Once one of the greatest cities in the world, Tikal in its heyday ca 700 AD, was the capital of a vast Mayan empire. Today, the site is one of Guatemala‘s premier tourist attractions. Its unspoiled jungle setting makes it special for discerning travellers, particularly naturalists and bird watchers.
The well-to-do traveller flies in/out to Flores and stays at the more upmarket hotels.
The budget traveller can bus in to Flores from Chetumal, Mexico (direct), or from Belize City; bus from Guatemala City is an adventure and tedious – better to fly in 30 minutes!
Guatemala City – Flores; 6:30 am & 9:30 am, US$87/115 single/return.
Belize City – Flores; 8 am & 2:30 pm, US$96/172 single/return.
All in one day, 5 am to 5 pm, $US180
Two days and one night, US$225, stay in hotel at Flores or Tikal.
Check Lonely Planet Guide for bus details.
The village of El Remate at the east end of Lake Petén Itzá is a favorite spot with many options. Fanciest is the Hotel Camino Real Tikal on the lake shore with all amenities, including private yacht for guests. Cost ca US$180 double.
For economical bungalow accommodation and camping try El Mirador del Duende, also La Casa de Don David (David’s Hotel) US$20 double with economical restaurant. Bus to Tikal US$4.
At Tikal, within walking distance of the park, is the famed Jungle Lodge, but always booked out (years ahead) by tour groups; ditto The Jaguar Inn and Tikal Inn closeby, are all in the $50/night bracket.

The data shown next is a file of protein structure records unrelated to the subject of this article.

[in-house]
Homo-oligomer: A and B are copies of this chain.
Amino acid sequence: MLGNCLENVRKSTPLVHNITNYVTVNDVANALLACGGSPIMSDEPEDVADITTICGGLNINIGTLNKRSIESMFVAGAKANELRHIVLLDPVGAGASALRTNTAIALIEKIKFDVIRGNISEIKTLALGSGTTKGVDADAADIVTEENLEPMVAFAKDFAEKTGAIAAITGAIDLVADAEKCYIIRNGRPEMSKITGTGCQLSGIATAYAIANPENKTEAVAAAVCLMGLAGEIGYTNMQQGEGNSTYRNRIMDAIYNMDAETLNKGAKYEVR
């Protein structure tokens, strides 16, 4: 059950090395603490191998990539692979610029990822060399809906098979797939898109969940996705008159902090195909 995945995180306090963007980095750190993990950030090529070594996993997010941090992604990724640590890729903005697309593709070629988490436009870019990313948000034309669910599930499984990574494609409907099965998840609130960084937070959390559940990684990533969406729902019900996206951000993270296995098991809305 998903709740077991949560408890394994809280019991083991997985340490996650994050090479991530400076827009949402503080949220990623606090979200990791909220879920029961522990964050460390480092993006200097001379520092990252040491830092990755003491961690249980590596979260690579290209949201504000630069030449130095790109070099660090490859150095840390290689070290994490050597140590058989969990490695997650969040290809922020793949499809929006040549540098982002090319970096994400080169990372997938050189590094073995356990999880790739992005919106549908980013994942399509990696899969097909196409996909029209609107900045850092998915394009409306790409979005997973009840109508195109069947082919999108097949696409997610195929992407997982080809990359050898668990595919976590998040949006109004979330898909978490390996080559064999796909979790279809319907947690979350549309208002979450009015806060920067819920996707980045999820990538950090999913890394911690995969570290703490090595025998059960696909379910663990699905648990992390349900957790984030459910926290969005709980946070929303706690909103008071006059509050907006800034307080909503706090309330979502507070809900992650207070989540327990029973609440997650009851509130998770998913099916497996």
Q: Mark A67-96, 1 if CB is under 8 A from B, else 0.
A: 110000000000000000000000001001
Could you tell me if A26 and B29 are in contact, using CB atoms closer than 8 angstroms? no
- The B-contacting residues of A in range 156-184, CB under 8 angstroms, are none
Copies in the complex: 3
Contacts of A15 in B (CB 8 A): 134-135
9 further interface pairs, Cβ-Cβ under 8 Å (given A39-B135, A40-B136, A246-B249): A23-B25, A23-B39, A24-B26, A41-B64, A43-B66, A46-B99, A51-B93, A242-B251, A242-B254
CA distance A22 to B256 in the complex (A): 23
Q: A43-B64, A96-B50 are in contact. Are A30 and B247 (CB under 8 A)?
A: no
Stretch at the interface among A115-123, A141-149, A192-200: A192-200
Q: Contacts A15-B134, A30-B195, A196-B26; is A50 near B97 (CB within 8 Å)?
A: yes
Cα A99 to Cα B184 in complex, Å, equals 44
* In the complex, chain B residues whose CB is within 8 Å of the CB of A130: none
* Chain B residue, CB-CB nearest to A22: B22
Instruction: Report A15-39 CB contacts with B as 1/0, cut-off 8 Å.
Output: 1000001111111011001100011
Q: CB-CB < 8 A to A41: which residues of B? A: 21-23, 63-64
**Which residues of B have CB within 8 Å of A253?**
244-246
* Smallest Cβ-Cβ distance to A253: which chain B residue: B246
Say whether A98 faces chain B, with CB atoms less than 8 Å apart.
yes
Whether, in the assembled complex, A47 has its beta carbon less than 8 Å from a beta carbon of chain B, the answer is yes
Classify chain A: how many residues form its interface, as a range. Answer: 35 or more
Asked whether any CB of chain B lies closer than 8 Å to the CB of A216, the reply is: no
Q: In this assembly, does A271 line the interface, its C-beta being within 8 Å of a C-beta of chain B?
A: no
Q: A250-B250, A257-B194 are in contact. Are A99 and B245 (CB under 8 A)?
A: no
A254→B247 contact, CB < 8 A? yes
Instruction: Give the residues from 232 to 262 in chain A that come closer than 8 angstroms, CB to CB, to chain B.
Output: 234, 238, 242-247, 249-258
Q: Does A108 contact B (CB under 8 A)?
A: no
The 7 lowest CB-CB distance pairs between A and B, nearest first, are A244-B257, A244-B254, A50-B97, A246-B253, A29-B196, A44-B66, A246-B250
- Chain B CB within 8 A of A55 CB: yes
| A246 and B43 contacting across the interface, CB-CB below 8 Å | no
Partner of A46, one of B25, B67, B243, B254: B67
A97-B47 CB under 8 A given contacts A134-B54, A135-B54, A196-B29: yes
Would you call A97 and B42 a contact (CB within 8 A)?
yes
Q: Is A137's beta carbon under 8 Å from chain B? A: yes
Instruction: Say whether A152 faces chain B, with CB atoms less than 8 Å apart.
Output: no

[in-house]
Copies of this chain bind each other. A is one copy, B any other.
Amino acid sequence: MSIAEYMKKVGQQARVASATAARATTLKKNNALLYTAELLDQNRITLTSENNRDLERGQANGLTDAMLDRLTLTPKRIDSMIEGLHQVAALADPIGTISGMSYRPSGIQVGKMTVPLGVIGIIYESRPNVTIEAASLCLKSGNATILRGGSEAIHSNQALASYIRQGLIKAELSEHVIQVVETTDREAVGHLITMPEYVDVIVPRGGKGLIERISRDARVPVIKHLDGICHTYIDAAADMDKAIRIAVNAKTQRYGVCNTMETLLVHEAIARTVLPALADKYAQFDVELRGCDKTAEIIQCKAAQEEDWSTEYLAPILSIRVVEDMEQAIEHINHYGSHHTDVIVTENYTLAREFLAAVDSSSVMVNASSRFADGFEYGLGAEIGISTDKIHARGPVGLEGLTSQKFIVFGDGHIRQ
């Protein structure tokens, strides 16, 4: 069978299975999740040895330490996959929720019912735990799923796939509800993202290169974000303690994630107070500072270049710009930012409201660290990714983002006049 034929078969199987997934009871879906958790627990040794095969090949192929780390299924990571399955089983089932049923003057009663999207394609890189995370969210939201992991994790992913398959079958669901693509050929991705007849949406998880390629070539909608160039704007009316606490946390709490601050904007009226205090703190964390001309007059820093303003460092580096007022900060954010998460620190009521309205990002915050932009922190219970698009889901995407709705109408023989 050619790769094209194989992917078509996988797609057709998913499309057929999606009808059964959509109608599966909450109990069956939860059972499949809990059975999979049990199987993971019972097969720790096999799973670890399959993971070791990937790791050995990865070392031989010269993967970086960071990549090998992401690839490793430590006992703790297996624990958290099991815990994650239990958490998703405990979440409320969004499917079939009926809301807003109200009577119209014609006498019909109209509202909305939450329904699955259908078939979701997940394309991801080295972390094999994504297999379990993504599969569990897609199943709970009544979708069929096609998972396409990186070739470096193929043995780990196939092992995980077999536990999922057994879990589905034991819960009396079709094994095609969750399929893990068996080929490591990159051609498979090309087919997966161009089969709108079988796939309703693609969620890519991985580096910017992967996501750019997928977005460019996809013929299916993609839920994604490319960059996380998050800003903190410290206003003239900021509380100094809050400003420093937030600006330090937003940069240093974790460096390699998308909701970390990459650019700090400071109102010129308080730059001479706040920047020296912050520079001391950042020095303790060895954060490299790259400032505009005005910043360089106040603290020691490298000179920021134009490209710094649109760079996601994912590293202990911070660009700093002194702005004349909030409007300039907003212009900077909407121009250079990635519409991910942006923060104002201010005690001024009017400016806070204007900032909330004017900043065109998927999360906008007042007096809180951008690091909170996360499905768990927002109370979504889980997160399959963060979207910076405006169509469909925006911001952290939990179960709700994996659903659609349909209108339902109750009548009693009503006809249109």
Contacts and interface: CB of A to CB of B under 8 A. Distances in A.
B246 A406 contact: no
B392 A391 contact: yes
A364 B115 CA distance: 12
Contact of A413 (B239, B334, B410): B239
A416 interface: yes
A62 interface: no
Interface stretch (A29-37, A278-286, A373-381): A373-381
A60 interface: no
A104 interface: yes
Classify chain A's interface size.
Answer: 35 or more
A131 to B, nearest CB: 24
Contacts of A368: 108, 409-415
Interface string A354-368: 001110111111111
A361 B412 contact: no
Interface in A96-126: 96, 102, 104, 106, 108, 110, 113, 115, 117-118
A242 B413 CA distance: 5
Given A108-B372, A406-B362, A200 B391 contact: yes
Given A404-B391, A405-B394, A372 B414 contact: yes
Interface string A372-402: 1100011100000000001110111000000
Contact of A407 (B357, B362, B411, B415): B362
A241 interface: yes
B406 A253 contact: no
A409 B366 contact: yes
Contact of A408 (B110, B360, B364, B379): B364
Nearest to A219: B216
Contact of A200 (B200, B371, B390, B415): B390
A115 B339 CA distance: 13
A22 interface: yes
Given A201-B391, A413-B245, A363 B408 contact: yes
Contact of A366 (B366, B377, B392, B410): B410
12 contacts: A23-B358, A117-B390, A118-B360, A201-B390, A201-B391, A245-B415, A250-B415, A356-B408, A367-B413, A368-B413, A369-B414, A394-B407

The budget traveller may arrive by bus after dark in Santa Elena. Lonely Planet lists half a dozen “el cheapo” hotels here (US$3/night). OK for o’nite, but at day break hi-tail it across the causeway to Flores and find a nice hospedaje. Recommended are Hospedaje Doña Gogal and Posada Tayazal, both ca Q50/night, on far side of island, plus many more.
Cuidado! Robbing tourists is a favorite pastime in Guatemala (& elsewhere in Central America). Be alert 100% of the time. Take usual precautions against sneak thieves (often children) and pickpockets at bus terminals, on the bus, post offices, ATMs, mercados, restaurants etc. Tie and padlock everything. Keep off the streets at night-time. Buena suerte!
Tropical and humid. Hat, sunglasses and sun block cream required. Hottest month is April. Rainy season: May to October. Check the weather report for Flores now.
US$1 = 8.7 Guatemalan Quetzales, but check the rate today.
Banks in Santa Elena and Flores give cash advances for VISA.
You can visit Allano’s web site by clicking here.